Conversations with Jan Beekman in America
Conversations with the contemporary artist Jan Beekman
by Rickword Lane
CONVERSATION WITH JAN BEEKMAN IN AMERICA
"This contemporary artist explores space as concept, a space as dreamlike as it is real." This was how art historian Martha Keller described Jan Beekman's work in his first U.S. show in Ann Arbor Michigan in 1983. But this no longer seems an appropriate description of the work Beekman has prepared for two upcoming shows, one in Belgium and the other in the U.S. We see the experience of the intervening six years, which he spent for the most part in the U.S., unmistakably reflected in the significant new directions his work has taken. However, this is not to imply that the work represents a complete departure from previous concerns or ways of presenting those concerns. It is rather a development clearly influenced by his exposure to the different physical dimensions of North America and perhaps a different culture, both contemporary and ancient.
This development was already apparent in his 1986 show in the U.S., at the Zaks Gallery which consisted entirely of mixed media works on paper. Though the majority of works used cut and folded paper rather than the flat surface, there was still a very clear relationship between this work and that of the immediately preceding period: a preoccupation with duality, with opposites - light and dark contrasts, cool and warm colors, hard and soft edges, solidity and dissolution - and with the geometric line. In his most recent work some of these preoccupations seem to have been set aside or superseded by the reappearance of the elements of tactility and physicality, but we still see a concern with finding the balance between the perception of reality and the concept of reality. The American landscape, not simply in its visual terms but especially in its physical presence seems to have afforded new scope for the exploration of this concern. Beekman's own view of the developments/changes in his work to some extent support this impression, though he acknowledges that viewers may well perceive elements in his work that he was not aware of.
G.R.L. Critics and art historians seem to have difficulty classifying your work, but you do not consider yourself an abstract painter, is that correct?
J.B. I don't think I have ever really been an abstract painter. If I use a geometric construction in my work it is certainly not in the way that the constructivists used geometry. My painting has always had a strong relationship with my environment; it was never abstract, it was rather a balance between perception and concept. The geometry was basically a structure, like a window, opening on to the space, a space strongly related to the environment of my studio in the far corner of the Westhoek in Flanders.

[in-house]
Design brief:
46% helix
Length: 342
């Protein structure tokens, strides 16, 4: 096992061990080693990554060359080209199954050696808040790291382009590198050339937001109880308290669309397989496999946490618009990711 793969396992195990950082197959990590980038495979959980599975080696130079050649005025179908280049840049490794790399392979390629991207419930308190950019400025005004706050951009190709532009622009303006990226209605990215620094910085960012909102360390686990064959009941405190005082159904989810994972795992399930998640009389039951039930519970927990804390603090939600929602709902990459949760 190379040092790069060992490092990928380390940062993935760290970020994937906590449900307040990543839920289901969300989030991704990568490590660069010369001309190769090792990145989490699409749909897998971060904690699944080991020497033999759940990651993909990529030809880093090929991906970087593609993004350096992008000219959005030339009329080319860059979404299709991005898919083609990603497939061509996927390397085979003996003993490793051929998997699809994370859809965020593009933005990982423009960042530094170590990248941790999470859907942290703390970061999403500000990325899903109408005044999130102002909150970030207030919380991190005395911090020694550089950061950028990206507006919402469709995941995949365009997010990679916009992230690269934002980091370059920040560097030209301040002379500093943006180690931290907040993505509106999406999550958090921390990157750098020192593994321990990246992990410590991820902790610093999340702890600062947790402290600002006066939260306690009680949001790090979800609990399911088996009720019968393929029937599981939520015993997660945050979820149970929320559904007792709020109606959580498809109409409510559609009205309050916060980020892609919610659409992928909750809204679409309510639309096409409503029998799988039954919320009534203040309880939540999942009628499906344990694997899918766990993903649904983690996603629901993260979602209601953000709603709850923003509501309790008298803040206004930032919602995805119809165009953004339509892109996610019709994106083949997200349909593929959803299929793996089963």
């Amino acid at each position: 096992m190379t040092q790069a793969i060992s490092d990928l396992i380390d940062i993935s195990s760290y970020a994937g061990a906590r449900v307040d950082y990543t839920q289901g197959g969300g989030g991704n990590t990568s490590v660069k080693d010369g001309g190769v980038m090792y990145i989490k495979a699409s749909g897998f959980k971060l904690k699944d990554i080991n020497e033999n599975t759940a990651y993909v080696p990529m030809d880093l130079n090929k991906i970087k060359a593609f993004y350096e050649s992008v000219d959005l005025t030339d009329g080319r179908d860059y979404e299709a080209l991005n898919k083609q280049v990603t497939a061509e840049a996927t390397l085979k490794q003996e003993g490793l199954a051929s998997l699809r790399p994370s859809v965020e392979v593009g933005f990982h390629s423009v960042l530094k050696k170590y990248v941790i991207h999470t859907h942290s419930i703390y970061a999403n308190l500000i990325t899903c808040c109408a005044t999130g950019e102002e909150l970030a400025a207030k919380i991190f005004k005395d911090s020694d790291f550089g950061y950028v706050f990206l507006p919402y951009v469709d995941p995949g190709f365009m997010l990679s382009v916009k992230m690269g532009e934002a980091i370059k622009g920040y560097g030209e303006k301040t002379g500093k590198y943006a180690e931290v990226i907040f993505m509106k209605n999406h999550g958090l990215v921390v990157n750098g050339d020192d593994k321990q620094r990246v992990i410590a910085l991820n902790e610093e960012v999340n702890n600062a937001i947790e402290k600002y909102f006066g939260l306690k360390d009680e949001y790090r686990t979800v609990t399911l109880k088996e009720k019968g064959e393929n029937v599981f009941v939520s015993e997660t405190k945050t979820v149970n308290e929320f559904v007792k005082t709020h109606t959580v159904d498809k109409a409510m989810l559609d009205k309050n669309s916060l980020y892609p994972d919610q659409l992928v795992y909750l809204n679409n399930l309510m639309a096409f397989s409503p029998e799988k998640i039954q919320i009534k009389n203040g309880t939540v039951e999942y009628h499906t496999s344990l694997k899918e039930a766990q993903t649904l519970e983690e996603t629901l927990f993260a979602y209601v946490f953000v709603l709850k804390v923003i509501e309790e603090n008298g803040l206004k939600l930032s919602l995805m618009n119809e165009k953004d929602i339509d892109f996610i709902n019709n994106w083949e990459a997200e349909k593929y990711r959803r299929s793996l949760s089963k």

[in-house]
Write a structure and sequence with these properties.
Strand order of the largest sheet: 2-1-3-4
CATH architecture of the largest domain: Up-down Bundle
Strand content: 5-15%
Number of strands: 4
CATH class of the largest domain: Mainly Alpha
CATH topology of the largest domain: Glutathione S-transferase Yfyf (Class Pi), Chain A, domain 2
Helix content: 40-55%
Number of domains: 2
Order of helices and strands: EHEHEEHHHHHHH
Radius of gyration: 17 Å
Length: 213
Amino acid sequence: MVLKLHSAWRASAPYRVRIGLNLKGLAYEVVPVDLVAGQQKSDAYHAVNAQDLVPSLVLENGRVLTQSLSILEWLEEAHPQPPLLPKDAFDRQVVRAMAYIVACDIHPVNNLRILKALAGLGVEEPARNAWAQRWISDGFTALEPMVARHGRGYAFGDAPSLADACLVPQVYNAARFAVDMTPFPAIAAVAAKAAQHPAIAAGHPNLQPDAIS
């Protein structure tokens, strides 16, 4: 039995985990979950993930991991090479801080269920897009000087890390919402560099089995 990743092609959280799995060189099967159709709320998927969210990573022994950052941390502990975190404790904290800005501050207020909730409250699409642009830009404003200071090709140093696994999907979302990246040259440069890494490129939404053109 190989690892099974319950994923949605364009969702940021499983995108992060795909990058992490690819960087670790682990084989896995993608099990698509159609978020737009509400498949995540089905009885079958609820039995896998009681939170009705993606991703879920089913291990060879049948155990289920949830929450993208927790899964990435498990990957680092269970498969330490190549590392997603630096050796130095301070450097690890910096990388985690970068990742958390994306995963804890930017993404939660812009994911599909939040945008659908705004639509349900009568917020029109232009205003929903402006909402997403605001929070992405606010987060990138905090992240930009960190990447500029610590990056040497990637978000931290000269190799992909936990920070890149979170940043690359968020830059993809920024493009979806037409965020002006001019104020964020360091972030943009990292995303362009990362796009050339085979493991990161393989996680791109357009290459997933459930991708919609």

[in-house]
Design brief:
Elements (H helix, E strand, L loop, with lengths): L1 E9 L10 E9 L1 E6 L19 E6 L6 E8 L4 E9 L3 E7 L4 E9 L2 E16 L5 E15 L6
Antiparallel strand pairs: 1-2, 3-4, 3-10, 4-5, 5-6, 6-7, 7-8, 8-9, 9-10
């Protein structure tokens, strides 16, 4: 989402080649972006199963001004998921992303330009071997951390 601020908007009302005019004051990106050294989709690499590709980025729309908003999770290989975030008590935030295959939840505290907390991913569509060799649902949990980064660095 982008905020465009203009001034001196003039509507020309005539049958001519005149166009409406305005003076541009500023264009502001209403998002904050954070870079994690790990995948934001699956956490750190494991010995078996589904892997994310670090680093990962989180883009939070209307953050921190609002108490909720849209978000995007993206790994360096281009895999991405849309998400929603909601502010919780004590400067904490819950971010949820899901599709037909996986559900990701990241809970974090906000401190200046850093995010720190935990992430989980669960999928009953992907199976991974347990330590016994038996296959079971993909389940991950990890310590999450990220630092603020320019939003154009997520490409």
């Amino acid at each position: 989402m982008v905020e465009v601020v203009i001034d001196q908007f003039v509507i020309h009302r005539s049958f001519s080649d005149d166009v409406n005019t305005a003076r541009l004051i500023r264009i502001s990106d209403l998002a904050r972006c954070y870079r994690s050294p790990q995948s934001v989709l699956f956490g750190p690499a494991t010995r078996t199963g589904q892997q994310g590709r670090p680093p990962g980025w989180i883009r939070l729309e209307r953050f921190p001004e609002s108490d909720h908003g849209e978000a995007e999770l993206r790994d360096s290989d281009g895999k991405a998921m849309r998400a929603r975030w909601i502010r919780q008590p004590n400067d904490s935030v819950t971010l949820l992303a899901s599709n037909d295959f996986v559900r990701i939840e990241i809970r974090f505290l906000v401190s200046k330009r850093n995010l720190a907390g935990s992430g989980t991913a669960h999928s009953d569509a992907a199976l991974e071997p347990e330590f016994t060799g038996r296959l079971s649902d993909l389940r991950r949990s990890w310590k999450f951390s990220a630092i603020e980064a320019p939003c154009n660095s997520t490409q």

G.R.L. After seeing your show in Michigan, Martha Keller compared your work with that of Richard Diebenkorn, in your shared preoccupation with space. Is that an appropriate comparison?
J.B. Yes, I think that Martha Keller was right in referring to Richard Diebenkorn in the sense that I had at that moment the same concerns about space but, as she pointed out, my approach to colour/light is totally different. One could say that even though the composition of certain of my paintings is occasionally very minimal and seems constructed, minimalism and constructivism have never been my concern.
G.R.L. The paintings in that first U.S. show were strongly geometric, rather formal and, if I may put it this way, contained. The surface was flat canvas or paper, the paint was applied smoothly, without clearly defined brush movement and the delineation was precise. Your subsequent work has seemed to break progressively further and further out of this containment: you moved into the third dimension when you started the works on folded paper and canvas; the movement of brush or pencil is free and sometimes agressive; in your latest oil paintings and acrylic works you have broken completely from the geometric line; and in the "Impact" series, which will be in your show at the International Art Gallery in Lasne, you have introduced another element of three dimensionality in your treatment of the paper. Are all these changes related to your experience of being in America?
J.B. Certainly. The discovery of new spaces, immense spaces, has been very important for my work; also the discovery of an encroaching and aggressive nature which sometimes overtakes us and which seems to me, as a European, very hard and sometimes inhospitable. In this sense, the serenity of my earlier work has disappeared with the horizontal line and the vertical line has strongly reasserted itself in my work. It seems to me that, in America, everything is vertical; vertical in height, vertical in depth. . . .
G.R.L. And is this the reason why you have moved into the third dimension?
J.B. The use of relief in my work is certainly not new. I sometimes think that I work in cycles. There is the working and manipulation of paper today: there was the accumulation of plaster and paint and the introduction of raw materials such as copper and lead in my shows at the Zodiaque Gallery in 1963 and 1967. Relief - and the dialogue between the flat surface and relief - have always fascinated me. It was working with relief that brought me into confrontation with the idea of light and shadow two elements which have fascinated me greatly in the past. They fascinate me less today, although the relief of my latest works on paper has still, nevertheless, a tendency o reflect my concern with contrast. It's true too that during my travels in the U.S., I 've been strongly impressed by the dimension of depth; that is to say, the geological element has seemed to me very profound and very apparent, and it certainly can be felt in my recent work, in contrast with my paintings from the period just before I came over to the States.